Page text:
Up to 12 people can now apply for a single FNB home loan


  FNB has launched a stokvel-type of home-loan product, “an industry first” in SA's property lending market.

  The bank's new collective home loan is an attempt to help solve the challenge of the chronic shortage of affordable housing in SA.


  factors contribute to the problem, including that new housing stock is

  too expensive for many people, as well as the perceived risk of lending

  to middle low-income consumers.

  FNB's product seeks to solve the

  financing challenge. The bank will allow as many as 12 people to come

  together to apply for a bond. Buyers can team up with eight people,

  including spouses, when applying through digital channels – or 12 if

  they apply in a branch through a sales consultant.


  group can collectively decide how much each person will contribute

  towards the monthly instalment, and FNB said it can easily split the

  monthly debit order to suit the group's needs.

  Even though the

  product primarily wants to solve the challenge of financing affordable

  housing, FNB said it has designed it to serve more affluent customers


  Why collective buying?

  We know that

  this is something that is already happening. We know of stokvels,

  people buying properties together to enable access into homes. So, the

  collective buying value proposition was born from that, said FNB Home

  Finance Growth Head Mfundo Mabaso.

  He said because associating in

  groups is something South Africans love and do a lot of through

  stokvels, as well as burial and investment societies, it seemed like a

  sensible solution to bring to the mortgage space to enable affordability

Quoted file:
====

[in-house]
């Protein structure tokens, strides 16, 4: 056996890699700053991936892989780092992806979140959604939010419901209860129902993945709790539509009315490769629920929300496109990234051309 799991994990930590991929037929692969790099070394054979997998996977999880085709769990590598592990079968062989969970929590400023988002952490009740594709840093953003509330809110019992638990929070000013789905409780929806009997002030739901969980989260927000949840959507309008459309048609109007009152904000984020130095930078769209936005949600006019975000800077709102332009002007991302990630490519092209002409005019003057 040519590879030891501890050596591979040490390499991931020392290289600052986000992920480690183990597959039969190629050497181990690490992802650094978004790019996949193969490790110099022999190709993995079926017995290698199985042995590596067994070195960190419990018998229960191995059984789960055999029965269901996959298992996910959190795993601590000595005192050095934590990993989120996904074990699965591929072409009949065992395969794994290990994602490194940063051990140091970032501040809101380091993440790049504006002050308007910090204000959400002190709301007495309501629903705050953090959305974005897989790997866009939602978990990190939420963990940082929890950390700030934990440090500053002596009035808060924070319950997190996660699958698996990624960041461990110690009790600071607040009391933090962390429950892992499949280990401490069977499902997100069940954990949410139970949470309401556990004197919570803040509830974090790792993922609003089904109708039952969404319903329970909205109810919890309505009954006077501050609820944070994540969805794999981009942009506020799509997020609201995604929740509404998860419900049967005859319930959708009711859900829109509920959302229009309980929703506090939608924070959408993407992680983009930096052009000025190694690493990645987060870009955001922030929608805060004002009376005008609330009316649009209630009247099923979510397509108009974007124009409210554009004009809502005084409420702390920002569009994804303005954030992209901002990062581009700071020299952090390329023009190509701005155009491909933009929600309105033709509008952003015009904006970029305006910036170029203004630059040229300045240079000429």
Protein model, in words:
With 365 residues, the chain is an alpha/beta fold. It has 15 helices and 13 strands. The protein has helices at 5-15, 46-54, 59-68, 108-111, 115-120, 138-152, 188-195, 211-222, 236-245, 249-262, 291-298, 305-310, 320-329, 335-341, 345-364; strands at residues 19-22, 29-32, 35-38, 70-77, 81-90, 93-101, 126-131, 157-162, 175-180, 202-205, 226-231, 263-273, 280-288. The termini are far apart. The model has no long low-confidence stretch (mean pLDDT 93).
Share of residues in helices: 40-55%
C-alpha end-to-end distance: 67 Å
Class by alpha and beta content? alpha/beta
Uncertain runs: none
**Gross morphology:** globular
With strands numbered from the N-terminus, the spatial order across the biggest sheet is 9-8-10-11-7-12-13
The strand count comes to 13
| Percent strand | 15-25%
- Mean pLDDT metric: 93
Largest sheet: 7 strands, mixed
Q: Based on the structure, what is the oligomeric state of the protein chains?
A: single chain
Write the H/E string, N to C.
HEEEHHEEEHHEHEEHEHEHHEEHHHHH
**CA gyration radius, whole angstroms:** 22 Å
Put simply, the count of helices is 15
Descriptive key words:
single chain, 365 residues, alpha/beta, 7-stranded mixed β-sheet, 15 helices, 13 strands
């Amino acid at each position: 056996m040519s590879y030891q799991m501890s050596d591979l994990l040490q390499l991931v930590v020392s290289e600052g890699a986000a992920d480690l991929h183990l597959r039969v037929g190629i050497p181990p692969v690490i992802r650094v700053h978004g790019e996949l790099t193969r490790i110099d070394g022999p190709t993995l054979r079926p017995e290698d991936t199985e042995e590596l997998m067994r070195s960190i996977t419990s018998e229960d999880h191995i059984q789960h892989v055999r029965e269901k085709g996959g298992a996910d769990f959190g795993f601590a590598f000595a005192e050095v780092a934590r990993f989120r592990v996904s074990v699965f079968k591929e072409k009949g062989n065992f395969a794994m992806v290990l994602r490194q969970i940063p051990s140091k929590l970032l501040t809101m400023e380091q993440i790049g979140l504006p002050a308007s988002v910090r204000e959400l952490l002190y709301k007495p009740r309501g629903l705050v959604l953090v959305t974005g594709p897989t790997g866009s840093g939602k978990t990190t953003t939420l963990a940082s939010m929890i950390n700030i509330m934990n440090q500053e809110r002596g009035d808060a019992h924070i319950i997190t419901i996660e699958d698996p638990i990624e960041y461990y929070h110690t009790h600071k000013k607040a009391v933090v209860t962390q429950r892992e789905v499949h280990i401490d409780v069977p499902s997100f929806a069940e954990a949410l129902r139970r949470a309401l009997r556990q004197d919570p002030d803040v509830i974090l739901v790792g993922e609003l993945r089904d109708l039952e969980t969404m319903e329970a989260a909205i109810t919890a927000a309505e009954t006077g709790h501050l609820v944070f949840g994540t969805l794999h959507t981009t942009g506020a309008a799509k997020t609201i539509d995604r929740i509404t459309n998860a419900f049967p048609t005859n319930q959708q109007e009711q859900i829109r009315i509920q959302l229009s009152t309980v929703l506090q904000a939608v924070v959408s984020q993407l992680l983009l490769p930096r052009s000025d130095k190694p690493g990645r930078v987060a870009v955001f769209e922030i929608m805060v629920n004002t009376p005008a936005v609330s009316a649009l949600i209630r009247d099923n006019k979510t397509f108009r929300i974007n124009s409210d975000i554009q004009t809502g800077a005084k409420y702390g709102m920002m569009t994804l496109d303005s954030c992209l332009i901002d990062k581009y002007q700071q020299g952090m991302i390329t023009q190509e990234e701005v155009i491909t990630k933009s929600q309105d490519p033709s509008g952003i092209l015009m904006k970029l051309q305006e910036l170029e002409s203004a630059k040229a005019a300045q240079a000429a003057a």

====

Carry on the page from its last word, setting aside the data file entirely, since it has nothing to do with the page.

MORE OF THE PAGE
and homeownership.

  Mabaso said FNB spent some time testing

  whether this would work. Its observation of long-term trends confirmed

  that people who jointly apply for bonds have higher chances of getting


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  said another observation was that buyers in the low end of the market

  are generally looking for family homes. Many are collectively buying it

  as siblings or are co-applicants with their parents.


  Naidoo, CFO at FNB Savings and Investments, said this product also aims

  to give low-income earners comfort that should something go wrong, like

  retrenchment, they will have some financial cushioning and possibly

  avoid losing the roof over their heads.

  Risks and responsibilities


  once signed, a collective home loan will be a credit agreement like any

  other. So, applicants will need to go into it with people they really

  trust and those with strong credit profiles.


  the buyers will be jointly and “severally” (meaning each person will be

  responsible for their portion) liable for the debt. The downside of

  that is that if one person defaults on their monthly instalment – in the

  case of those who chose to split the debit order across all or multiple

  participants – the account will go into arrears if the other members

  cannot settle the shortfall.

  This will negatively impact the

  credit bureau profile of all participants in that arrangement, as

  everyone is jointly and severally liable for the loan as the bond and

  the property will be registered in each of the names, said Naidoo.

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